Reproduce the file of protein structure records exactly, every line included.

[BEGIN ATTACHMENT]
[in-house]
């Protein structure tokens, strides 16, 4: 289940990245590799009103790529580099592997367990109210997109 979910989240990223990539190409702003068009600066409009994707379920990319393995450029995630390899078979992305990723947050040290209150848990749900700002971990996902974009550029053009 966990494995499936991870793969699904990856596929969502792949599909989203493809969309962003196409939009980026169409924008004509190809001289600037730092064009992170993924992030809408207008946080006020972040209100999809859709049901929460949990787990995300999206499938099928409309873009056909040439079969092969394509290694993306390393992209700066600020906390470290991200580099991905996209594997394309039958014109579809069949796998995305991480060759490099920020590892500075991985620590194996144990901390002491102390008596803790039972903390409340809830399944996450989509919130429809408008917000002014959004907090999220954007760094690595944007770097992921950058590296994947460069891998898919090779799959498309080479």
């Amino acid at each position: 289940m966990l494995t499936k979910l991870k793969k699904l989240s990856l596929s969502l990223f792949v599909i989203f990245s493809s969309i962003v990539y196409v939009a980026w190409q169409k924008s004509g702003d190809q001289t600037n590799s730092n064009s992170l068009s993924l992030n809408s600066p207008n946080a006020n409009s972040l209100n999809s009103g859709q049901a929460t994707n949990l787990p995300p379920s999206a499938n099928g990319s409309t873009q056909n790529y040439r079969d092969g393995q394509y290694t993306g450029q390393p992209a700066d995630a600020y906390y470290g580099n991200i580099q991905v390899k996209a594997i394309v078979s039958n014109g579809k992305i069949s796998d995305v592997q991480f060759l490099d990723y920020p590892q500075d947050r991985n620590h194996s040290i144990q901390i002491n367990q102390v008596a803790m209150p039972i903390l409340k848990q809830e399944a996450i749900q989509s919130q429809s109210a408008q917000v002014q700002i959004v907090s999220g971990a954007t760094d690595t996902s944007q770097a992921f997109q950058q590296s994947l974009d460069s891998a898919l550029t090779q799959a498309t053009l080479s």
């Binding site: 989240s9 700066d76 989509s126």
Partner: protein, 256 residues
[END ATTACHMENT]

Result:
[in-house]
């Protein structure tokens, strides 16, 4: 289940990245590799009103790529580099592997367990109210997109 979910989240990223990539190409702003068009600066409009994707379920990319393995450029995630390899078979992305990723947050040290209150848990749900700002971990996902974009550029053009 966990494995499936991870793969699904990856596929969502792949599909989203493809969309962003196409939009980026169409924008004509190809001289600037730092064009992170993924992030809408207008946080006020972040209100999809859709049901929460949990787990995300999206499938099928409309873009056909040439079969092969394509290694993306390393992209700066600020906390470290991200580099991905996209594997394309039958014109579809069949796998995305991480060759490099920020590892500075991985620590194996144990901390002491102390008596803790039972903390409340809830399944996450989509919130429809408008917000002014959004907090999220954007760094690595944007770097992921950058590296994947460069891998898919090779799959498309080479």
């Amino acid at each position: 289940m966990l494995t499936k979910l991870k793969k699904l989240s990856l596929s969502l990223f792949v599909i989203f990245s493809s969309i962003v990539y196409v939009a980026w190409q169409k924008s004509g702003d190809q001289t600037n590799s730092n064009s992170l068009s993924l992030n809408s600066p207008n946080a006020n409009s972040l209100n999809s009103g859709q049901a929460t994707n949990l787990p995300p379920s999206a499938n099928g990319s409309t873009q056909n790529y040439r079969d092969g393995q394509y290694t993306g450029q390393p992209a700066d995630a600020y906390y470290g580099n991200i580099q991905v390899k996209a594997i394309v078979s039958n014109g579809k992305i069949s796998d995305v592997q991480f060759l490099d990723y920020p590892q500075d947050r991985n620590h194996s040290i144990q901390i002491n367990q102390v008596a803790m209150p039972i903390l409340k848990q809830e399944a996450i749900q989509s919130q429809s109210a408008q917000v002014q700002i959004v907090s999220g971990a954007t760094d690595t996902s944007q770097a992921f997109q950058q590296s994947l974009d460069s891998a898919l550029t090779q799959a498309t053009l080479s």
């Binding site: 989240s9 700066d76 989509s126």
Partner: protein, 256 residues